According to Commissioner Morath, the number of charters in Texas has ballooned to 175 charter chains operating 795 campuses across the state, serving 6.7% of Texas students. Since 2013, TEA has closed 41 charter chains and 80 charter campuses.

During the Q&A portion of Wednesday’s meeting, Member Lawrence Allen (D-Houston) said one of his districts told him it fears losing 10% of students who won’t return because they prefer to remain virtual. Morath replied that while schools will not be funded for offering wholly virtual instruction, they are not prevented from doing so and may use federal relief funding for that purpose.

Allen also asked whether schools can require their staff to be immunized against COVID-19. Morath noted that most vaccines were still under an emergency use authorization, but he was unable to give a legal answer as to whether that would be permissible.SBOE Member Marisa Perez-Diaz

Member Marisa Perez-Diaz (D-San Antonio) told the commissioner a charter operator that the board previously vetoed had taken over a reconstituted campus in Bexar County. The commissioner stated he was unaware of this circumstance and would look into it. Morath noted that in addition to TEA, school districts are allowed to authorize in-district charters under a separate section of the law.

Member Ruben Cortez Jr. (D-Brownsville) asked to what extent federal relief funding intended to support schools under ESSER II will be used to supplant state funding that schools are already expecting to receive. The commissioner estimated that $1 billion of the $5 billion under ESSER II will likely be used to offset state funding.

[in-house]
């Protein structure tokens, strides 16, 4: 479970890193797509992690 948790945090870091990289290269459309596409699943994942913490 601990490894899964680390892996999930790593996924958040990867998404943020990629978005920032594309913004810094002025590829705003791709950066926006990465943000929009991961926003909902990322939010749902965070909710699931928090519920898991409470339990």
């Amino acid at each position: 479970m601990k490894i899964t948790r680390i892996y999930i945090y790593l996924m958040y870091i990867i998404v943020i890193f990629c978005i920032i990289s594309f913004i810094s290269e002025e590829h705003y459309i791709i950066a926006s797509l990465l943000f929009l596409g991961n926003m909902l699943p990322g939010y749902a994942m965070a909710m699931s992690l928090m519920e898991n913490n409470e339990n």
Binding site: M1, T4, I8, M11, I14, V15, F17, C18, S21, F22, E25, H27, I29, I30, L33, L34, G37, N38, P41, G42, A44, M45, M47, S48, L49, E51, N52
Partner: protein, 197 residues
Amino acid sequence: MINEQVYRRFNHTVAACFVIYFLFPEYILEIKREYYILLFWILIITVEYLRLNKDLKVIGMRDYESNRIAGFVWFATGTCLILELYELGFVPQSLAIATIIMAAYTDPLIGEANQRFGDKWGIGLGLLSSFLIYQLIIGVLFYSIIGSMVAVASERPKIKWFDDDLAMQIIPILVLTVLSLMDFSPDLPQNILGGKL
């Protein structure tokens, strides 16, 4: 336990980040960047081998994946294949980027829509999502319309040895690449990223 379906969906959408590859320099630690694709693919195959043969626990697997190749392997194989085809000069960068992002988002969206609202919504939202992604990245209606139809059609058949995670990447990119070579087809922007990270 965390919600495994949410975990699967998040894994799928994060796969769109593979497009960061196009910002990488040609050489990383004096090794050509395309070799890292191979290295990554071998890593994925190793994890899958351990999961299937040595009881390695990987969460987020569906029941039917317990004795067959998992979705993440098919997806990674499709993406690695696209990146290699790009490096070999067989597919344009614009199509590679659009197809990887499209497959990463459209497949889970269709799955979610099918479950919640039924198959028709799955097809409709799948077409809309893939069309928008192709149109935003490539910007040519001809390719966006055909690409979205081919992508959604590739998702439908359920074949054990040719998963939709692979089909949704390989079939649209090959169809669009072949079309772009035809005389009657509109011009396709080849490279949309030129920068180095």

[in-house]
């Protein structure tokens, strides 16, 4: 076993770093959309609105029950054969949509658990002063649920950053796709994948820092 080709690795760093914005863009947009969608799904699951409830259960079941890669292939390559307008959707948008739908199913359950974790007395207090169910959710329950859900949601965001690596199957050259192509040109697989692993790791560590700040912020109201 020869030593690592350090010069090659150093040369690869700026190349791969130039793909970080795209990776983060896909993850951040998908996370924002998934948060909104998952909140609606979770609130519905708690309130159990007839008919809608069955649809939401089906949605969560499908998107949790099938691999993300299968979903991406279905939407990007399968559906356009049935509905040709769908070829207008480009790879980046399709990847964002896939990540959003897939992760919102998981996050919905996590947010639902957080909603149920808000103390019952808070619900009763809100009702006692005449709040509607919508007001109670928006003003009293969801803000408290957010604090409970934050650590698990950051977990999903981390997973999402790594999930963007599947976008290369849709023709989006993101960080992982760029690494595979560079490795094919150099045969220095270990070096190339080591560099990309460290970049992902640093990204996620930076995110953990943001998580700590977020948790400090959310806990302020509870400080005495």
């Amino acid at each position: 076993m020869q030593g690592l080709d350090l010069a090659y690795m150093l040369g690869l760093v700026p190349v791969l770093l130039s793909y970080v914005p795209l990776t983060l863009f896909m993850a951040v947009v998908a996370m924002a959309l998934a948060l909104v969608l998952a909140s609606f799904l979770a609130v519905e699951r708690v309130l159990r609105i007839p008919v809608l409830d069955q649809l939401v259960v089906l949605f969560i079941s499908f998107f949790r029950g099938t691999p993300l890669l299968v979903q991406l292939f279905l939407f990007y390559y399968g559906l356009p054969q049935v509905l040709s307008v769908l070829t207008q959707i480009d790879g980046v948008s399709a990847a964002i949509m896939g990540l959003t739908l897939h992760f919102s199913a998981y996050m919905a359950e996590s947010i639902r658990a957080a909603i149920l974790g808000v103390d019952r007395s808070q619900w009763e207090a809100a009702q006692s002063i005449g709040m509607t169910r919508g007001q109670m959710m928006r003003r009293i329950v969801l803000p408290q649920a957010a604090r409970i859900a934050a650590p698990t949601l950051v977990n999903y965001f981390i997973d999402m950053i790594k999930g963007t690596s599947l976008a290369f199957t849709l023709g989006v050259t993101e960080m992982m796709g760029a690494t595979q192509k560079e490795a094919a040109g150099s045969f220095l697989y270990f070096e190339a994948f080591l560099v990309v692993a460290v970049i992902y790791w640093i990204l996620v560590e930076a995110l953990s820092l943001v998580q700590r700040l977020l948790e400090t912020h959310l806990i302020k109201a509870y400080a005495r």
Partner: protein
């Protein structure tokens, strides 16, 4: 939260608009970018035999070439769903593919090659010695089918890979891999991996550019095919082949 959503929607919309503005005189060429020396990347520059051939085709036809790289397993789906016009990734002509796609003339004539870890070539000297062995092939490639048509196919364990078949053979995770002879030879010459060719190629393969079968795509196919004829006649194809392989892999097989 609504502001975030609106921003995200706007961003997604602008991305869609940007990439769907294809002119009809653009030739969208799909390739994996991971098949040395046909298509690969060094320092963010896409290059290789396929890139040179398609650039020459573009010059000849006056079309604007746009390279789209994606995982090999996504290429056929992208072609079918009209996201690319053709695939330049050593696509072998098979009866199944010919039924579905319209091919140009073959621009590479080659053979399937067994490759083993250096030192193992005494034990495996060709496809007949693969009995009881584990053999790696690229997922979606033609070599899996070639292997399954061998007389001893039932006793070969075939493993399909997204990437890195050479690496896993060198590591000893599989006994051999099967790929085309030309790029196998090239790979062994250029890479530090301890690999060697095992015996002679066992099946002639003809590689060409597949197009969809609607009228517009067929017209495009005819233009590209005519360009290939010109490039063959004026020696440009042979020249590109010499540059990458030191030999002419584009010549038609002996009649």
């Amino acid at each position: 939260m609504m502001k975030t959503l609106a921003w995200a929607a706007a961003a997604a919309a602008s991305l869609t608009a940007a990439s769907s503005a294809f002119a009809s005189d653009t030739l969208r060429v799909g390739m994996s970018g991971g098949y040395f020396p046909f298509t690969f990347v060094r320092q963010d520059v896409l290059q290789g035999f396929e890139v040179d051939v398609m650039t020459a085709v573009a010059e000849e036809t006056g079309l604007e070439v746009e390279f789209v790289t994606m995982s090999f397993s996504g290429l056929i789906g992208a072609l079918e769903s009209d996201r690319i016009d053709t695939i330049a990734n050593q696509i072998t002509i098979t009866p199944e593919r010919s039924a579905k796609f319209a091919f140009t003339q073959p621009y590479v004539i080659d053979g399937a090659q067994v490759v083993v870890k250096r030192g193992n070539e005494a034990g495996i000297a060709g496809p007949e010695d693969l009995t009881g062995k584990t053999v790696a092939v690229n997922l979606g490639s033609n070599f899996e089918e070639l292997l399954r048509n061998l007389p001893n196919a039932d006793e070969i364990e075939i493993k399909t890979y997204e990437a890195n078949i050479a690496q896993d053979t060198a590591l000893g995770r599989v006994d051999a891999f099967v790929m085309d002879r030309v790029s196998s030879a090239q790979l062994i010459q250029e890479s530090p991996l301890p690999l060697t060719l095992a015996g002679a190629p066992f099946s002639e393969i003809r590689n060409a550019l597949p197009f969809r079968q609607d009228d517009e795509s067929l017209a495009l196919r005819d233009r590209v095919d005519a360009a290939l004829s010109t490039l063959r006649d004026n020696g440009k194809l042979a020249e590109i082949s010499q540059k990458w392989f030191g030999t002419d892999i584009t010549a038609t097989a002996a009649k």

Cortez also asked how students of color were impacted academically by the pandemic. The commissioner responded that the overwhelming driver of academic proficiency seems to be whether a student received instruction in person compared to virtually.

Member Aicha Davis (D-Dallas) pressed the commissioner over how charters are allowed to accept students with special needs without hiring certified special education teachers. Morath responded that state and federal law both require that students in special education be taught by certified special education teachers, and there is a complaint process to report if that is not happening. Davis pushed further, questioning whether TEA is actively monitoring charters to ensure compliance with this requirement. Morath answered that he would instruct staff to research the issue.

Davis also questioned charter school marketing messages that there are lengthy waiting lists of students seeking to enroll in a charter school. She noted that out of 16 new charter chains approved since 2015, 12 have achieved less than 50 percent enrollment and 10 of those have less than 10 percent enrollment.

Member Pat Hardy (R-Fort Worth) asked how the new statewide tutoring program will work, pointing out that it would be highly stressful to ask current teachers to stay after school to tutor students. Hardy also suggested tutoring should be aligned to the Texas Essential Knowledge and Skills (TEKS). Morath indicated that the agency will provide TEKS-aligned instructional materials for this purpose.

The board is scheduled to hear testimony Wednesday from the seven charter operators up for approval this week. Members will formally vote whether to approve each applicant on Friday.